Sinkhole Victim’s Brother: ‘I feel like they could have tried harder to try to get my brother out of there’
The grieving family is “going through hell” and upset crews called off the search for for Florida sinkhole victim Jeff Bush, says his brother Jeremy.
“I feel like they could have tried harder to try to get my brother out of there,” said Jeremy, 37, at a press conference in Seffner, Fla. “My mom and dad are going through so much right now.”
The victim Jeff Bush, 35, was sleeping in his room when a 20-foot-wide sinkhole opened up underneath his bedroom. Five other people, including Jeremy, were in the house at the time, and were able to escape.
“All I could see was the tops of his bed I didn’t see nothing else. So, I jumped in the hole and tried to get him out and I couldn’t get him. All I could hear-I thought I could hear him screaming for me and hollering for me to help him but I couldn’t do nothing,” Bush tearfully recalled to reporters on Friday.
Bush, himself, narrowly escaped and had to be rescued from the still-shifting dirt. The hole under the house is now 50-feet deep.
The family is in shock. “My mom waking up every hour on the hour crying in bed. She’s going through hell. No one ever wants to bury their kid before they go,” Bush said Monday. “And I love my mom and dad with all my heart and I just want my mom and dad to know I love you and I tried to save your son. I tried my hardest.”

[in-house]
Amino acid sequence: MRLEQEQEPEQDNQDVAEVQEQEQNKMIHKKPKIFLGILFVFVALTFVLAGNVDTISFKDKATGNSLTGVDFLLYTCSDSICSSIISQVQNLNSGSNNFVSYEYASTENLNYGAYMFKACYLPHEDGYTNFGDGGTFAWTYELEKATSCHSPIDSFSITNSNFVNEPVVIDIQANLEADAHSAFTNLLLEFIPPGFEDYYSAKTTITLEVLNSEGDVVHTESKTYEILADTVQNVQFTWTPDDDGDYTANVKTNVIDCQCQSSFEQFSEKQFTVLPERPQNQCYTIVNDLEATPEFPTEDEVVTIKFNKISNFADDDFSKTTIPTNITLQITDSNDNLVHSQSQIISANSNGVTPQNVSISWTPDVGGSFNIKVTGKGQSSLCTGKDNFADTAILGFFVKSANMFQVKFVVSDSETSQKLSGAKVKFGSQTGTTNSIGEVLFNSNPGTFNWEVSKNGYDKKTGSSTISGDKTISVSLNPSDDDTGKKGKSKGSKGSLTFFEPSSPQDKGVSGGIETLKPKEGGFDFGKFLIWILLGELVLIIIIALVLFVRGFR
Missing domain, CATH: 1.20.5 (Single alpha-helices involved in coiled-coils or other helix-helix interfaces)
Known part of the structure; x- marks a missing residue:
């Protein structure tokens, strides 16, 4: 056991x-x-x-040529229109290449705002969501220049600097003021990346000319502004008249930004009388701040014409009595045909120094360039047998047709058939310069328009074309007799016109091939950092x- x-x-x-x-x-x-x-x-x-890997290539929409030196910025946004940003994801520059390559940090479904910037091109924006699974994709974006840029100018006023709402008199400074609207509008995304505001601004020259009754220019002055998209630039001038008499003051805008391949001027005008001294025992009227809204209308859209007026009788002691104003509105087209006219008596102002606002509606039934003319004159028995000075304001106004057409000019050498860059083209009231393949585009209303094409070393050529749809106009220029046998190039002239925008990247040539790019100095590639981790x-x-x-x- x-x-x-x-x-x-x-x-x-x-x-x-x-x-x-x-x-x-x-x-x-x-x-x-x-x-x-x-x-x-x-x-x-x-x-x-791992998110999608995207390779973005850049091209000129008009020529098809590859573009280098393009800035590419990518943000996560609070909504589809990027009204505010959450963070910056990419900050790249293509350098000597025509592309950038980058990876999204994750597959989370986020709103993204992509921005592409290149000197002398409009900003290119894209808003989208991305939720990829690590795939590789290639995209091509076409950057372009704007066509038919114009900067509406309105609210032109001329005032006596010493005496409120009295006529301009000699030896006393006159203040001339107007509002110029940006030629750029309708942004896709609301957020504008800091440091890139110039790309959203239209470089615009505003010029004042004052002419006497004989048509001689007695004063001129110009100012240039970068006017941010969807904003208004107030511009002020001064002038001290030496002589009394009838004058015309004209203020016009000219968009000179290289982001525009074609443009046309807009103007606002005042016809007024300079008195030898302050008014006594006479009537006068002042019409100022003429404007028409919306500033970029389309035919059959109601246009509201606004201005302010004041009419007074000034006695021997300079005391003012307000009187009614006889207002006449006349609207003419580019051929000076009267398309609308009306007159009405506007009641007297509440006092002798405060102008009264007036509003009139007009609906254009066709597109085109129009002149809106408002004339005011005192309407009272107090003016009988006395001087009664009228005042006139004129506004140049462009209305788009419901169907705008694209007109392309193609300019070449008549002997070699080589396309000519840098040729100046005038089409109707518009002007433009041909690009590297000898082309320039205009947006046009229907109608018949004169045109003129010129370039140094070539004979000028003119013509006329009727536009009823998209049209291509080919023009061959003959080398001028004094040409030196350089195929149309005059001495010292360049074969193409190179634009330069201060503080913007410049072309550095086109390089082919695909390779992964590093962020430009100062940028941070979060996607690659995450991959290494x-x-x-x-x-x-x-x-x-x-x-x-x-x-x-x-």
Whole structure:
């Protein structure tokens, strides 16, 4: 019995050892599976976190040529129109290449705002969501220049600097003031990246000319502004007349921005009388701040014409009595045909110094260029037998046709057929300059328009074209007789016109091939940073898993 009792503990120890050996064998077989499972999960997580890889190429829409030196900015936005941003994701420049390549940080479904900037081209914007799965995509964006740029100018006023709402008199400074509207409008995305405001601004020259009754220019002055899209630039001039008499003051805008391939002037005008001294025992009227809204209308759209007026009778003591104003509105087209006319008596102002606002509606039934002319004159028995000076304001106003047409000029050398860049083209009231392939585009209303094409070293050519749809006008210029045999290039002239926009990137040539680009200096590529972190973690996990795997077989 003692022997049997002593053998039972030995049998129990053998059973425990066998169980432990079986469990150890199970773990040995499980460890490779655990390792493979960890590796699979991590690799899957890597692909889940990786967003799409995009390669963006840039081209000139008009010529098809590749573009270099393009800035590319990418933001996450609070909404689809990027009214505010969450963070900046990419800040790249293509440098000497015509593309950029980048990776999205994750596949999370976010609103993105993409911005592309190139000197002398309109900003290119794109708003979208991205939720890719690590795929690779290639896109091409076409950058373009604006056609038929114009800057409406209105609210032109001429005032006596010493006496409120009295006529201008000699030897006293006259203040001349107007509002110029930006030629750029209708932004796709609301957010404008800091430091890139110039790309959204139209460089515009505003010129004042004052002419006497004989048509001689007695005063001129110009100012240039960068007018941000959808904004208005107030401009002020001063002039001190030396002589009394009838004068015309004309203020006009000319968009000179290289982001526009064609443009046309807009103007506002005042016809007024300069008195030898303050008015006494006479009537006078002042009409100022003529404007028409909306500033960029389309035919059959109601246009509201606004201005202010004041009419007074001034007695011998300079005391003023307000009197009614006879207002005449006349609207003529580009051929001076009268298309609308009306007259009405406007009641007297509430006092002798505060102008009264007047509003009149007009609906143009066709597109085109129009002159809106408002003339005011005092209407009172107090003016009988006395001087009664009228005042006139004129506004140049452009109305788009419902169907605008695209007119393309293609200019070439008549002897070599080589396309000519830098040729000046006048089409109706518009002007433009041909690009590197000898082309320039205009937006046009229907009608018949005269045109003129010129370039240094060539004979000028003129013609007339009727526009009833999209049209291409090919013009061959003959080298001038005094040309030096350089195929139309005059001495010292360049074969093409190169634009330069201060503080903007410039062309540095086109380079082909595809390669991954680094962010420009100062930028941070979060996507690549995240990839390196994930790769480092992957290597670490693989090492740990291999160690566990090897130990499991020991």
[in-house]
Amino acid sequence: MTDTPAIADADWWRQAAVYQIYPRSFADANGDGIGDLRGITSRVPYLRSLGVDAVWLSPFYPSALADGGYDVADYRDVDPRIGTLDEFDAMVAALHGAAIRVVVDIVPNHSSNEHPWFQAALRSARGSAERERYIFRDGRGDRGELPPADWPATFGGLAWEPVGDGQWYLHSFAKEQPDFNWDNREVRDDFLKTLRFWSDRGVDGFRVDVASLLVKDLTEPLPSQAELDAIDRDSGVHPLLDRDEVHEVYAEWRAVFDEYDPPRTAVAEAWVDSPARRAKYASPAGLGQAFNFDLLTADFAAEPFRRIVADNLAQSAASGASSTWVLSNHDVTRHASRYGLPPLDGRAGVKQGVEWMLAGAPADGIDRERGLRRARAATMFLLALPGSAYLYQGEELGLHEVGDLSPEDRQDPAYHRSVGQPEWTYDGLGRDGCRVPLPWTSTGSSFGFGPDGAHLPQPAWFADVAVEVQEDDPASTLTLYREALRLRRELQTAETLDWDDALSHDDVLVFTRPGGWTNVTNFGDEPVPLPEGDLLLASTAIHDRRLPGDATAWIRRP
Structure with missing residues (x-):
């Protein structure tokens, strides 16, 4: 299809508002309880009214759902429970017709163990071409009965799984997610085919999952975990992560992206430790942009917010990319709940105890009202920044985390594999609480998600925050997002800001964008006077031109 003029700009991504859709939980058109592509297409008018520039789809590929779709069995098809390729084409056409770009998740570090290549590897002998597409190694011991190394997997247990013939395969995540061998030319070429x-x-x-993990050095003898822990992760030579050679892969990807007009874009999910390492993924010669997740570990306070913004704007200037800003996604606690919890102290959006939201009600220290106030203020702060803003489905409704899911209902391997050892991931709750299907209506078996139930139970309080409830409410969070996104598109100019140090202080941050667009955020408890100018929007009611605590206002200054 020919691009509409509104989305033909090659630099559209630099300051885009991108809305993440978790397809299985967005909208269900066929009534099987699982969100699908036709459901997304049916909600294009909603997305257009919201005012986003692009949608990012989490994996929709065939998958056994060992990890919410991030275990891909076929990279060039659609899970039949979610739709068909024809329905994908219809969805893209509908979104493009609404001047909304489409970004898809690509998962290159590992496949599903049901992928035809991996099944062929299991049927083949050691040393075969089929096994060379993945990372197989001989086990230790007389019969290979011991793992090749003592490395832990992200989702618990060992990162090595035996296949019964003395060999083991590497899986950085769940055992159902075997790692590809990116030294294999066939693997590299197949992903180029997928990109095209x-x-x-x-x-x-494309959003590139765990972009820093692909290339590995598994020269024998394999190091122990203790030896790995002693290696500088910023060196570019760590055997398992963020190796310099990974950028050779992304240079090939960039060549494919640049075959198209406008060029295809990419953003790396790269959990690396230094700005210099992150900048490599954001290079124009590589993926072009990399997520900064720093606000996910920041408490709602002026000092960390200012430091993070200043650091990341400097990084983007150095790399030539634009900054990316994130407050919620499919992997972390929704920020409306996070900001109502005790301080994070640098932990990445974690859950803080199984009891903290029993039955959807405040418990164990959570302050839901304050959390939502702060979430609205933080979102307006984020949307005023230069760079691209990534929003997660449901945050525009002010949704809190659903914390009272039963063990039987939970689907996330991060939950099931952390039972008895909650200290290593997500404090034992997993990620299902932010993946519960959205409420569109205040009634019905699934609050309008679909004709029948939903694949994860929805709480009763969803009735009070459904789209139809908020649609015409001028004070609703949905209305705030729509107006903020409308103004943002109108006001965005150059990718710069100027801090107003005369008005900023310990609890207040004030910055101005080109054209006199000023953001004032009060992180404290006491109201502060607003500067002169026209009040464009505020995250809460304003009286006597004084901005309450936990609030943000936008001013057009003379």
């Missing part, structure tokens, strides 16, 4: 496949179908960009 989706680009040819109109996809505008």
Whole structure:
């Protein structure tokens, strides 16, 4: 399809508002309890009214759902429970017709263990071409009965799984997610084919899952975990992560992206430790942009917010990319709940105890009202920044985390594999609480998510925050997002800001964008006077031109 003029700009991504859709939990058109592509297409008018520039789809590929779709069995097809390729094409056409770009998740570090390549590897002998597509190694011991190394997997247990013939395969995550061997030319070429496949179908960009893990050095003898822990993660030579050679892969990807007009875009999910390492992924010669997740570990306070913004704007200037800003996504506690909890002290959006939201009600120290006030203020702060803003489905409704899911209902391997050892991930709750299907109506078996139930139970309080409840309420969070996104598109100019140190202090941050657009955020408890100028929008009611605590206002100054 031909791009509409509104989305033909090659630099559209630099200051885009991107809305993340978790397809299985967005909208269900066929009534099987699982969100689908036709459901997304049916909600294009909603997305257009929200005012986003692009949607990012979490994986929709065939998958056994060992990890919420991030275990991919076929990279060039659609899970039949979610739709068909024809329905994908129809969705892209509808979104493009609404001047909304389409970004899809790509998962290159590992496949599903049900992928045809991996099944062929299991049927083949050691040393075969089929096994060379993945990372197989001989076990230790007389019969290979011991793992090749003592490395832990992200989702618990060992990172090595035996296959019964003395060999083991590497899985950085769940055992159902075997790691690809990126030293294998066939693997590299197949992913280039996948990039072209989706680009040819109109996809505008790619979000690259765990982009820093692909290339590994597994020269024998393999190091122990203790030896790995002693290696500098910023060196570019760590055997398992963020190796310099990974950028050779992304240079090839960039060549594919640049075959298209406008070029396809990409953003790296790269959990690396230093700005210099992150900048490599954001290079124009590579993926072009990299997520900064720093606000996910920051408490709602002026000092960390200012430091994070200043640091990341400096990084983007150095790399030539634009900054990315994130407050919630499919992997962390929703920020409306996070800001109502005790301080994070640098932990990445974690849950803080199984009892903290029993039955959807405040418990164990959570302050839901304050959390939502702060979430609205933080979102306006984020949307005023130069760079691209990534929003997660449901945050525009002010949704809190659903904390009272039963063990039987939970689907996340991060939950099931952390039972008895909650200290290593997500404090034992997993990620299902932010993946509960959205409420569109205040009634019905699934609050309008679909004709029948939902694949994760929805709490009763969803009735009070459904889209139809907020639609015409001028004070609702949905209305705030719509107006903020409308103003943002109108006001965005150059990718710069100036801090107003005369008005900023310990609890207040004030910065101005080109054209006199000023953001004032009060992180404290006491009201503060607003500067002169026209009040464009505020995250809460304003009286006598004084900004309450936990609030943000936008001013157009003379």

Crews called off the search for Jeff Bush on Saturday. “With all the equipment that we brought in and specialized help, we just have not been able to locate Mr. Bush,” Mike Merrill, Hillsborough County Administrator, told reporters.
The area around the sinkhole continues to shift dangerously, so crews continue to work, but at a safer distance using backhoes with large hydraulic arms to drag pieces of the home outward in an effort to prevent more debris from falling into the sinkhole.
“It needs to be done from outside the perimeter with huge equipment that will be able to reach in and bring out whatever we can of the house,” Merrill said.
This approach has allowed the crew to pluck out items of particular value to the family. Among these was a large Bible, which had baptism certificates, cards and photos between its pages. Other items included toys and family photos, but Bush hopes crews can retrieve items that belonged to his younger brother Jeff.
“I want some kind of memories of him,” Bush said to WVTV-TV. “I want his hats. I want his clothes. I want anything that was in his room.”
Jeff Bush lived with his girlfriend Rachel Wicker, with whom he shares a 2-year-old daughter, Hannah, in the home. Leland Wicker, Rachel’s grandfather, has owned the home since the 1970s.
The sinkhole has compromised the stability of neighboring homes, and affected residents were forced to pack up their belongings and evacuate.
Sinkholes are common in Florida, where large amounts of annual rain saturate the earth and gradually erodes underground layers of porous granite and limestone. When the rock layer dissolves, a sinkhole forms and swallows up the earth above it to fill the void.
Crews hope to finish demolition of the house on Monday to further analyze it and confirm the structural integrity of nearby houses.
“It’s going to bother me for the rest of my life, I’m already having trouble,” Jeremy told reporters. “Because I was in the hole rescuing him.”